To avoid any misunderstanding as to its intended purpose, we believe the IAASB must continue to emphasize to stakeholders that the objective of the Framework is only to raise awareness and facilitate greater dialogue between and among stakeholders. The Framework is not setting new standards orexpectationsbut, rather, is intended to help articulate and visualize audit quality in the context of the International Standards on Auditing (ISAs) and ISQC 1.[1]It will be helpful and important for the IAASB to emphasize, through its outreach and educational efforts, that the Frameworkdoes not establish newrequirements for the performance of audit engagements. A misunderstanding of the purpose of the Framework to this effect may have unintended consequences of widening the expectations gap.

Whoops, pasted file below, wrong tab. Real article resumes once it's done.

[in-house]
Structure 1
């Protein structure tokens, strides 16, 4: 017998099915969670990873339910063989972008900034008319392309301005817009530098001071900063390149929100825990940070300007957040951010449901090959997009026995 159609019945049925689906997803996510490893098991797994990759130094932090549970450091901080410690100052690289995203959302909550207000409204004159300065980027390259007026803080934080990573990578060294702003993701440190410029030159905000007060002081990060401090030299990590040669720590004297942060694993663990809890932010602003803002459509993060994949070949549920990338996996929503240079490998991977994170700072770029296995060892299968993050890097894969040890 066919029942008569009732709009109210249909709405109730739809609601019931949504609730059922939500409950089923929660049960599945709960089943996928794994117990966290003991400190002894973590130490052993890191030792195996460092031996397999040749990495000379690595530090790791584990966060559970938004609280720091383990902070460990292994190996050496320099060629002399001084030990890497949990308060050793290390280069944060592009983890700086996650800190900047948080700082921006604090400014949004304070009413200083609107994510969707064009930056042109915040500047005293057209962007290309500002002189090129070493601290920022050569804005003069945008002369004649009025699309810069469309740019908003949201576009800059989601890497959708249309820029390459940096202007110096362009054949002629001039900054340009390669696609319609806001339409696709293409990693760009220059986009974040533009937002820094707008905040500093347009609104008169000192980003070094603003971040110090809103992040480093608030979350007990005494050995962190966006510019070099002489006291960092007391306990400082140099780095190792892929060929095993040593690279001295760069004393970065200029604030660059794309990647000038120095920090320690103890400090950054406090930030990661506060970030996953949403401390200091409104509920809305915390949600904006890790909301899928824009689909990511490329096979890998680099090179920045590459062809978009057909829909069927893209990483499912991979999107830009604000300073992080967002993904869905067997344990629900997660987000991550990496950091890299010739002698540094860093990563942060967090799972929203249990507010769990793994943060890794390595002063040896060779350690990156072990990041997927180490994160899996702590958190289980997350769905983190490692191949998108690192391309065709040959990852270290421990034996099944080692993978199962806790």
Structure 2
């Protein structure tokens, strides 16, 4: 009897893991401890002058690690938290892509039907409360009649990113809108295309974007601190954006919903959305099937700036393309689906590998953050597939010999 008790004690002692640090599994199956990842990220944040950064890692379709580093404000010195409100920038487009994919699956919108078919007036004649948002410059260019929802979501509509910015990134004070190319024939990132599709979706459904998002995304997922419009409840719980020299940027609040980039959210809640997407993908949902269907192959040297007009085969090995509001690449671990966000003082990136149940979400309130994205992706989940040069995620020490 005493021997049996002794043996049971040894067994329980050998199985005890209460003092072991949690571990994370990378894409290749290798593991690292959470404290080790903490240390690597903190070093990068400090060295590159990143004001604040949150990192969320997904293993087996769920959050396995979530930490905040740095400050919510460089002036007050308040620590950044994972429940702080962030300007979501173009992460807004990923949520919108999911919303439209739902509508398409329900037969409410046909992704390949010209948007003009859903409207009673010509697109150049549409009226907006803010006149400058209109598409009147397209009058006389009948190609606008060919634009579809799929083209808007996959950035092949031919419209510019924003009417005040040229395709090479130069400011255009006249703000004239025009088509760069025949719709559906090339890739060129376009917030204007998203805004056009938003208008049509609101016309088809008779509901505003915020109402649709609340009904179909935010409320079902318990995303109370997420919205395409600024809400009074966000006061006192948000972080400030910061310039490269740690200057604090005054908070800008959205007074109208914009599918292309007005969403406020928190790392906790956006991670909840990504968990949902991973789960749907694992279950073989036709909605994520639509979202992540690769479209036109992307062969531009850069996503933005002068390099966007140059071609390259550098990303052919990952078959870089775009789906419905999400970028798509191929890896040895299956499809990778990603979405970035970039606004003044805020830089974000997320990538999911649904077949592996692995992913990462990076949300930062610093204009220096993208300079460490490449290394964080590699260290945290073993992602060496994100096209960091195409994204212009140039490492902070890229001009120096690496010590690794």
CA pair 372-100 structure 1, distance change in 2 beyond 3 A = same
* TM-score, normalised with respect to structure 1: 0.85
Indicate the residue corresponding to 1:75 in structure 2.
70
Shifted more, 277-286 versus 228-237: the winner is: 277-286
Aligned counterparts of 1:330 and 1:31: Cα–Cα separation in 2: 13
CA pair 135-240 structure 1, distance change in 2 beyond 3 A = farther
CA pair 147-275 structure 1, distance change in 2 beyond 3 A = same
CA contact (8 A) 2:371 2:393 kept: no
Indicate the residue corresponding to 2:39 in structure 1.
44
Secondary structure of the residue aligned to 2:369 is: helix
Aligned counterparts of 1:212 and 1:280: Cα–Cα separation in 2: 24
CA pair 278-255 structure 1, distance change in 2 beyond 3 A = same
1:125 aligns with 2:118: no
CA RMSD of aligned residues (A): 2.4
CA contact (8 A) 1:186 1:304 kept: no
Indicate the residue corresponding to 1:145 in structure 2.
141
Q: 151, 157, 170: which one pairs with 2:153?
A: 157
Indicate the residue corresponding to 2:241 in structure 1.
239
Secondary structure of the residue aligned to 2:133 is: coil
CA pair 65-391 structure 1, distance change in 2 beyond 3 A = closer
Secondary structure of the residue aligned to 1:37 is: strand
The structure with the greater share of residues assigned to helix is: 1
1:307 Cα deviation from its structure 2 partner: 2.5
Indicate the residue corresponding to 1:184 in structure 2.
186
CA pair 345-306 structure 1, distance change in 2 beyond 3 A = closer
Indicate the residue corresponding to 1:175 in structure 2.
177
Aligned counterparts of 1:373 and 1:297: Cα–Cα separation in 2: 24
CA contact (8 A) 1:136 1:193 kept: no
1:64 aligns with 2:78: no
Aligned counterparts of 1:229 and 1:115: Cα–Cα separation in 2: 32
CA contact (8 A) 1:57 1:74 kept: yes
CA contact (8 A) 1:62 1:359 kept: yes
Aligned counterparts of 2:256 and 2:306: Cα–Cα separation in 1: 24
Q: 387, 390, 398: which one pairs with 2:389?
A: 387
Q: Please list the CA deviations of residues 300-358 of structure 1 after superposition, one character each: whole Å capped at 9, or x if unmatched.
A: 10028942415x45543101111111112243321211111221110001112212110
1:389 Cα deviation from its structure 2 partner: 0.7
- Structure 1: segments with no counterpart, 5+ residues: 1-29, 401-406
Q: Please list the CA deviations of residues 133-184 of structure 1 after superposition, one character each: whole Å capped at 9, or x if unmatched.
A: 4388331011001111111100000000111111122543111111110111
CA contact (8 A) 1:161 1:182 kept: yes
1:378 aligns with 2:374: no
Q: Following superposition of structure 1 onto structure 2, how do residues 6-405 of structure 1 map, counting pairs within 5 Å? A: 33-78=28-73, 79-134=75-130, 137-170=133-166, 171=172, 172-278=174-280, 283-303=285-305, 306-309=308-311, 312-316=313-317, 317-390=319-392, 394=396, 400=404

General comments

Defining audit quality is complex andwe support the IAASB’s efforts to begin to describe a topic that does not have a universally-recognized definition or outcome.The Framework describes the many challenges with defining audit quality. While we recognize these challenges, we believe they reinforce the need for a definition that could serve as an important baseline and facilitate a better understanding of what audit quality means. A definition would also provide the foundation for the identification and use of key elements that contribute to a quality auditand assist in a more common understanding of those elements by all relevant parties and stakeholders in the audit process.

We note that paragraph 18 of the Framework provides a rather definitive view of how a quality audit is likely to be achieved, which may not be the same as the definition of audit quality. Thisparagraph suggests a definition of audit quality that may be confusing to users as there are a number of subjective phrases which may lead to varying interpretations of the key elements of audit quality as articulated in the Framework. It is important that any definition does not detract from the overarching objective of the Framework, which is to raise awareness of the key elements of audit quality.